AL West Preview and Rankings: Who Rises, Who Falls

Bill Dubiel previews all the MLB teams in the AL West, and provides his rankings, projections, and analysis for each team to determine who will rise and who will fall.

Bill Dubiel - RotoBaller

The MLB offseason is winding down, which means it’s time to evaluate which teams made the right moves and which ones got caught sleeping. Although there are still some big names out there that could help some teams whose rosters are lacking, let’s take a look at which AL West teams will improve upon their 2013 final positions. For my AL East projections, click here.


2014 AL West Rankings & Projections


5. Houston Astros

Rotoballer-Fantasy-Baseball-Analysis-Advice-Jason-CastroThe Astros have been the worst team of this decade. It’s not up for debate, it’s not an opinion… they just have been. They’re coming off of three straight 100-loss seasons, and last year proved that the move to the AL only made things worse. They are very clearly still in rebuilding mode, but they made moves this winter to at least get some pieces to build around. They acquired Dexter Fowler in a trade with the Rockies, and he’ll join Jose Altuve and Jason Castro as the offensive foundation of the future. They also got Jesus Guzman from the Padres as a nice utility man who could certainly step in and start should someone get injured. The starting lineup won’t have anyone older than 28—rebuilding, like I said.

The ‘Stros did land Scott Feldman this winter, who will provide a veteran presence to all of the young arms in the rotation. Again, youth, youth, youth. Feldman will be followed up by Brett Oberholtzer, Jarred Cosart, Brad Peacock and either Dallas Keuchel or Lucas Harrell (my money is on Keuchel). All of these pitchers are talented, and a couple of years from now this could be a very capable rotation.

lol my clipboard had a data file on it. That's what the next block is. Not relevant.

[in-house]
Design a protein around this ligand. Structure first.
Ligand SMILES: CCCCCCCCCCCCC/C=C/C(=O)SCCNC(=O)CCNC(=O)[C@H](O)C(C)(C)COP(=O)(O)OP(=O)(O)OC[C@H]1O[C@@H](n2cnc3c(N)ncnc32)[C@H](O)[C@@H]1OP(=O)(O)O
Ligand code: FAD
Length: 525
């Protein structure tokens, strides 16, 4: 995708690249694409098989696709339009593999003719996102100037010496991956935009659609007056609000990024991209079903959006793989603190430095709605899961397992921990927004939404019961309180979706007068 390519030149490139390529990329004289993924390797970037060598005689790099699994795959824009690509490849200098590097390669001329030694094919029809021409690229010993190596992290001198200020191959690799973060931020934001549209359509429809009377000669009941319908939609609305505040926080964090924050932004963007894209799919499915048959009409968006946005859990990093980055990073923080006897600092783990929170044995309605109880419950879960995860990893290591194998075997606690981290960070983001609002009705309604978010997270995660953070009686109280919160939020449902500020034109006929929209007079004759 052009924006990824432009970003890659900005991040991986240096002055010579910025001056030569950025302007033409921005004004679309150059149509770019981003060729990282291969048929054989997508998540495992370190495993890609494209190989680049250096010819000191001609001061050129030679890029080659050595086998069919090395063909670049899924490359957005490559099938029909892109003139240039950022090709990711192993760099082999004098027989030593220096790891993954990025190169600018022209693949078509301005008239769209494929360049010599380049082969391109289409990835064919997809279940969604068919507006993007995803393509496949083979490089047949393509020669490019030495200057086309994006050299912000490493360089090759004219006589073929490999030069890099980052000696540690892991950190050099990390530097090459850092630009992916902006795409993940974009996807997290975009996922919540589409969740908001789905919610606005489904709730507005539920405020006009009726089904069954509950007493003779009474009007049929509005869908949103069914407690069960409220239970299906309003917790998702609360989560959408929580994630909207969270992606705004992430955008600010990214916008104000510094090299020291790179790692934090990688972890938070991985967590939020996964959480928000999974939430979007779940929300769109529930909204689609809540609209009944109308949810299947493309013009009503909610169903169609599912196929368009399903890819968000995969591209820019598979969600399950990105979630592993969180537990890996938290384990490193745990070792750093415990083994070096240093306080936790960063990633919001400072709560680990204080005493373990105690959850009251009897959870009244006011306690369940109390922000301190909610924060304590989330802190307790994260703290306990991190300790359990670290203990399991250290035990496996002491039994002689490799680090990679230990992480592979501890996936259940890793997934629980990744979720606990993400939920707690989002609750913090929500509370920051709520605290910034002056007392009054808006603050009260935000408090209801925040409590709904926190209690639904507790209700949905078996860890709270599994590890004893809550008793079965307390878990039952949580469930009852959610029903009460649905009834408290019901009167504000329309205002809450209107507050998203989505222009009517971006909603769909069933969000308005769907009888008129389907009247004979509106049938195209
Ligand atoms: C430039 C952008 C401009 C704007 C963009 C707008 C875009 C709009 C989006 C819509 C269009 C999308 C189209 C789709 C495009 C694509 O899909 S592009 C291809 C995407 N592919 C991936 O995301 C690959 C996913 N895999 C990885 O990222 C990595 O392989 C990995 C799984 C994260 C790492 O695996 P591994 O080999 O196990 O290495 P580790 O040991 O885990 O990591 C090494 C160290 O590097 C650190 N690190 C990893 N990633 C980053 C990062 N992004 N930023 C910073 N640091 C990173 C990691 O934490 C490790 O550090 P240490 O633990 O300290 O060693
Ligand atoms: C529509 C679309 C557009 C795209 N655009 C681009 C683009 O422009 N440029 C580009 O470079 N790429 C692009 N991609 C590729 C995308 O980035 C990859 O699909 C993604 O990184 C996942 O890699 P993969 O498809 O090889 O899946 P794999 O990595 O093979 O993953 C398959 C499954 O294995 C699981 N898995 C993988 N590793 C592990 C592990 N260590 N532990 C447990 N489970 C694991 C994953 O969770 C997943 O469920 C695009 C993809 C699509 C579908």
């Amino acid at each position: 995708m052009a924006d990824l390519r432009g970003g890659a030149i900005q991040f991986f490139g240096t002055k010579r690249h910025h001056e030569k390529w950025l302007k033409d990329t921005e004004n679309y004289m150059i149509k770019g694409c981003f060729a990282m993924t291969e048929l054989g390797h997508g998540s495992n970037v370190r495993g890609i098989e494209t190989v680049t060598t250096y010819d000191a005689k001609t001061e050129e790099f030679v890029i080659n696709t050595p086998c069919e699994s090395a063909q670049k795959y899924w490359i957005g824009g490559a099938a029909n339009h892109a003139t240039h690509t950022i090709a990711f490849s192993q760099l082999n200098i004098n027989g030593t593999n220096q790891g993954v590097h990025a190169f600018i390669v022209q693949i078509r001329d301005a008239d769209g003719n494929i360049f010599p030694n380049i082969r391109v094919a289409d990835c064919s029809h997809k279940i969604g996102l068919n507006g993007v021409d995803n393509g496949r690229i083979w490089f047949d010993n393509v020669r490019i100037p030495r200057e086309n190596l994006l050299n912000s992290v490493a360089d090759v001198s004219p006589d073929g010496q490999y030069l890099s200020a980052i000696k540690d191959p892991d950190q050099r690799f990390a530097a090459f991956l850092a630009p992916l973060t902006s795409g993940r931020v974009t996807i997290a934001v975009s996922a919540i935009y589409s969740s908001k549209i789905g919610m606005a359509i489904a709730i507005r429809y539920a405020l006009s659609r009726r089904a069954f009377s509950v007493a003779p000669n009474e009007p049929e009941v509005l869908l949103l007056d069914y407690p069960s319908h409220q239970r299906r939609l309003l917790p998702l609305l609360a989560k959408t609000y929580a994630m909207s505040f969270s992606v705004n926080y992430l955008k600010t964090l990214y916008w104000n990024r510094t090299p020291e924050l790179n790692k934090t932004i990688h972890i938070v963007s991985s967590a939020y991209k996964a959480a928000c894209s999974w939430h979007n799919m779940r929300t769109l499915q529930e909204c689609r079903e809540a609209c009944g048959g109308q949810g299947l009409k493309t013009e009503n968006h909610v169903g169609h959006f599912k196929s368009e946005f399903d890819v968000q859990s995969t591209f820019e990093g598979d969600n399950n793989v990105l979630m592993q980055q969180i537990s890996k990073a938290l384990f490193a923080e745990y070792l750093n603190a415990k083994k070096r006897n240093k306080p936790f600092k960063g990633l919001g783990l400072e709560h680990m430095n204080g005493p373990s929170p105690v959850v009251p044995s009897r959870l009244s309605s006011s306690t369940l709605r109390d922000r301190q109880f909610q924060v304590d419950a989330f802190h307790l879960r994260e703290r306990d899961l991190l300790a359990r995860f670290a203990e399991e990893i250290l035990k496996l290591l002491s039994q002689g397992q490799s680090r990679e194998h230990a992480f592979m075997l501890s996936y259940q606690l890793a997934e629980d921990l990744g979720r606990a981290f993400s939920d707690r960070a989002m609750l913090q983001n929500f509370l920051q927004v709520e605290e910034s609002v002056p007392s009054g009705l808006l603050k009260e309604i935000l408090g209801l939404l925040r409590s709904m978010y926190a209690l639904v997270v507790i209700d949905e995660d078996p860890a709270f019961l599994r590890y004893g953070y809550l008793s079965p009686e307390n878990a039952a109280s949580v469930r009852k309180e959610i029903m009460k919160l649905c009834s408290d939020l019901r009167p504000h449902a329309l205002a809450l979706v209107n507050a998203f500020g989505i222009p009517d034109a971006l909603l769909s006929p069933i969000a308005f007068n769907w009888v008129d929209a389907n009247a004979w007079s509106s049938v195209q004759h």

Houston added Chad Qualls, Jesse Crain and Matt Albers to the bullpen, clearly trying to fix one of the more lackluster parts of their squad. The closer role is up in the air, with Josh Fields and Taiwanese import Chia-Jen Lo as the most likely candidates.

The Astros are too young to make any real noise this year, particularly in the ultra-competitive AL West, but I think they’ll break the string of 100-loss seasons. Give it another couple of years, though, and Houston should be more than capable.

Projected Finish: 65-97


4. Los Angeles Angels

Josh HamiltonThe Angels have spent a monster amount of money acquiring talent the last couple of years, most notably Albert Pujols and Josh Hamilton. Unfortunately those two haven’t quite been the mashers that they were in 2010. Mike Trout is probably the best five-tool player in the game…remove the 'probably,' actually. The Halos filled in a gaping hole at third base by exchanging the speedy Peter Bourjos for David Freese, which also freed up a starting spot for the capable Kole Calhoun. They signed Raul Ibañez to essentially be the DH, which certainly won’t hurt. If Pujols and/or Hamilton perform anywhere near the level that their obscene contracts indicate, this lineup is looking good.

Speaking of looking good, the Angels pitching staff did the opposite in 2013. Dealing Mark Trumbo to the Diamondbacks as part of a three-team trade netted them Tyler Skaggs and Hector Santiago, who should act as a very nice 4-5 behind Jered Weaver, C.J. Wilson and Garret Richards. Joe Blanton will be floating around there should one of those five get hurt or if Skaggs proves a bit too unpolished for the majors. While it’s not going to blow anyone away, this could be a very adequate rotation for a playoff run, particularly if Skaggs realizes his potential.

The biggest change in the bullpen was the addition of Joe Smith, who was outstanding for Cleveland last year. He’ll serve as the setup man for Ernesto Frieri, providing an excellent 1-2 punch at the end of the game.

Overall, the Angels improved themselves this winter. I don’t think that they’re a playoff team just yet, but they are certainly moving in the right direction. I’ll put it this way: I wouldn't be surprised if they snagged a wildcard spot, but I’m not betting one red cent on it.

Projected Finish: 78-84


3. Seattle Mariners

rotoballer-fantasy-baseball-advice-hisashi-iwakumaYeah yeah yeah, Cano. We all know what he could bring to a lineup, although as I’ve detailed here, he may not be as offensively outstanding as his contract implies. The M's signed Corey Hart to back him up, most likely as the regular DH. They also traded for Logan Morrison, which brings at least a little more bang to the ballpark. Adding John Buck and Willie Bloomquist to the bench should also work out well. However, Hart hasn’t played since 2012 due to a pair of knee surgeries, and Morrison has been an injury risk for his entire career. I don’t think the Seattle offense is going to be quite as anemic as it was in 2013, but it certainly isn’t going to be in the top 10 either.